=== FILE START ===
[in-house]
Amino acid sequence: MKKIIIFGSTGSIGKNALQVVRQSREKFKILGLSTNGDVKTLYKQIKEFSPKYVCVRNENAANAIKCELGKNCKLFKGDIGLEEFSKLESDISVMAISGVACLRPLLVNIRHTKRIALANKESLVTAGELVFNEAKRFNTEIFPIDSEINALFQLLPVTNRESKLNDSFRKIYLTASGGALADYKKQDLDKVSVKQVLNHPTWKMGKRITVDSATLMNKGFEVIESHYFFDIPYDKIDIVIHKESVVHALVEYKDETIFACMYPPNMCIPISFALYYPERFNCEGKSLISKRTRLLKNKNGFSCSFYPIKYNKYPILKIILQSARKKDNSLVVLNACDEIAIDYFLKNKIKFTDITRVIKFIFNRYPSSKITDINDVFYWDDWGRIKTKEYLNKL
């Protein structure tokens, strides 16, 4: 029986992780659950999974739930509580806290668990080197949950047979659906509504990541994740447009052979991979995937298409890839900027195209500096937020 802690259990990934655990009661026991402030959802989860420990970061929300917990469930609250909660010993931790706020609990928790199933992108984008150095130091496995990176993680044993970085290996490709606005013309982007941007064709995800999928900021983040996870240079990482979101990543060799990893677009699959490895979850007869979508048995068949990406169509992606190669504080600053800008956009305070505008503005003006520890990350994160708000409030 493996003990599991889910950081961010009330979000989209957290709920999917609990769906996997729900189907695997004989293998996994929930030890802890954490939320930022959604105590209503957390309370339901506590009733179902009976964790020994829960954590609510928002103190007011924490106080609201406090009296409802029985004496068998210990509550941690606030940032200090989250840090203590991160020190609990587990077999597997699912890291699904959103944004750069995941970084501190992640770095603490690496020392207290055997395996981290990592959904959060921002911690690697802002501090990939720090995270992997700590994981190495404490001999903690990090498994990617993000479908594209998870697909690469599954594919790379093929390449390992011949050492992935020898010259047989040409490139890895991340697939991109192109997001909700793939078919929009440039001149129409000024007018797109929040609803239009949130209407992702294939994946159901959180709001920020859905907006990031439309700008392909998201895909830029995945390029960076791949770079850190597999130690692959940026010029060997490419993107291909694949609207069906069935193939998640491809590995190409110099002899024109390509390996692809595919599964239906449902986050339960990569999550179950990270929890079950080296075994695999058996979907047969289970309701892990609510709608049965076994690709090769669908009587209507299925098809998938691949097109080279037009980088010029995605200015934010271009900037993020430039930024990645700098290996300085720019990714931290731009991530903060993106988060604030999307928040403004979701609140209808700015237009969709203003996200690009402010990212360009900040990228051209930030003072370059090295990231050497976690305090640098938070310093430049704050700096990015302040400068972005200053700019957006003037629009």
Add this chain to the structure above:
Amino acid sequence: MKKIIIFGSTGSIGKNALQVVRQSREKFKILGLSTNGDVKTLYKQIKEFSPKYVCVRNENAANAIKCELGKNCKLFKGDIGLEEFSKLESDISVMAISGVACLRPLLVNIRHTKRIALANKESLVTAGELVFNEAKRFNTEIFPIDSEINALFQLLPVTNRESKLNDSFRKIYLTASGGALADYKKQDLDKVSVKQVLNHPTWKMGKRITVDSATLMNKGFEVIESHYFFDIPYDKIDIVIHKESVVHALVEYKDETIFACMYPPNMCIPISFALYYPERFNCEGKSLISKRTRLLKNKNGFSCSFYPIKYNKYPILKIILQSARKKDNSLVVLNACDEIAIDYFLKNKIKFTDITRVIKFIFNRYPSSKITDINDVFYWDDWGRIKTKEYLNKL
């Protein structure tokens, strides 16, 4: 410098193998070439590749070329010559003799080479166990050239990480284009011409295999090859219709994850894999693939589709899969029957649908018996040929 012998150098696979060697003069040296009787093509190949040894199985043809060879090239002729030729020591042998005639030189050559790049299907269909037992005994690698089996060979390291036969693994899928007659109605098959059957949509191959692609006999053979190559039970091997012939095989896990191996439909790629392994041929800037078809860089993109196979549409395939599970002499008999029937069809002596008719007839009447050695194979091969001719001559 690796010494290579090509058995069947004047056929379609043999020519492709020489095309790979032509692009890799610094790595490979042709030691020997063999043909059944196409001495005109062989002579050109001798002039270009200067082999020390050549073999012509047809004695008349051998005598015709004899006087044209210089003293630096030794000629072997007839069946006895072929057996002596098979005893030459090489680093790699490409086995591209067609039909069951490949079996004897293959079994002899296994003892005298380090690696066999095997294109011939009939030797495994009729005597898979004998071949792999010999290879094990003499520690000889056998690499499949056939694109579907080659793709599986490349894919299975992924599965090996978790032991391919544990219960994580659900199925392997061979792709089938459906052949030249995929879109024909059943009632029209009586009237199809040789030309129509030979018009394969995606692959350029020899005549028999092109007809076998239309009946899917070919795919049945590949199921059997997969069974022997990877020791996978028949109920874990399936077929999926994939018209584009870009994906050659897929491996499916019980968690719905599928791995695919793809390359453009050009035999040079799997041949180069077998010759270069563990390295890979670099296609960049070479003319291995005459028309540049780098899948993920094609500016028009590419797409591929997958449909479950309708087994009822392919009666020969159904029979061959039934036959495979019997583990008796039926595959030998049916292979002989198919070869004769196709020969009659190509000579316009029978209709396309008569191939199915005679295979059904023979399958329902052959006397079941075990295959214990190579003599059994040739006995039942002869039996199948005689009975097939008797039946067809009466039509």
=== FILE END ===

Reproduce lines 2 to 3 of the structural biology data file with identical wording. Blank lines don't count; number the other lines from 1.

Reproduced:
Amino acid sequence: MKKIIIFGSTGSIGKNALQVVRQSREKFKILGLSTNGDVKTLYKQIKEFSPKYVCVRNENAANAIKCELGKNCKLFKGDIGLEEFSKLESDISVMAISGVACLRPLLVNIRHTKRIALANKESLVTAGELVFNEAKRFNTEIFPIDSEINALFQLLPVTNRESKLNDSFRKIYLTASGGALADYKKQDLDKVSVKQVLNHPTWKMGKRITVDSATLMNKGFEVIESHYFFDIPYDKIDIVIHKESVVHALVEYKDETIFACMYPPNMCIPISFALYYPERFNCEGKSLISKRTRLLKNKNGFSCSFYPIKYNKYPILKIILQSARKKDNSLVVLNACDEIAIDYFLKNKIKFTDITRVIKFIFNRYPSSKITDINDVFYWDDWGRIKTKEYLNKL
């Protein structure tokens, strides 16, 4: 029986992780659950999974739930509580806290668990080197949950047979659906509504990541994740447009052979991979995937298409890839900027195209500096937020 802690259990990934655990009661026991402030959802989860420990970061929300917990469930609250909660010993931790706020609990928790199933992108984008150095130091496995990176993680044993970085290996490709606005013309982007941007064709995800999928900021983040996870240079990482979101990543060799990893677009699959490895979850007869979508048995068949990406169509992606190669504080600053800008956009305070505008503005003006520890990350994160708000409030 493996003990599991889910950081961010009330979000989209957290709920999917609990769906996997729900189907695997004989293998996994929930030890802890954490939320930022959604105590209503957390309370339901506590009733179902009976964790020994829960954590609510928002103190007011924490106080609201406090009296409802029985004496068998210990509550941690606030940032200090989250840090203590991160020190609990587990077999597997699912890291699904959103944004750069995941970084501190992640770095603490690496020392207290055997395996981290990592959904959060921002911690690697802002501090990939720090995270992997700590994981190495404490001999903690990090498994990617993000479908594209998870697909690469599954594919790379093929390449390992011949050492992935020898010259047989040409490139890895991340697939991109192109997001909700793939078919929009440039001149129409000024007018797109929040609803239009949130209407992702294939994946159901959180709001920020859905907006990031439309700008392909998201895909830029995945390029960076791949770079850190597999130690692959940026010029060997490419993107291909694949609207069906069935193939998640491809590995190409110099002899024109390509390996692809595919599964239906449902986050339960990569999550179950990270929890079950080296075994695999058996979907047969289970309701892990609510709608049965076994690709090769669908009587209507299925098809998938691949097109080279037009980088010029995605200015934010271009900037993020430039930024990645700098290996300085720019990714931290731009991530903060993106988060604030999307928040403004979701609140209808700015237009969709203003996200690009402010990212360009900040990228051209930030003072370059090295990231050497976690305090640098938070310093430049704050700096990015302040400068972005200053700019957006003037629009």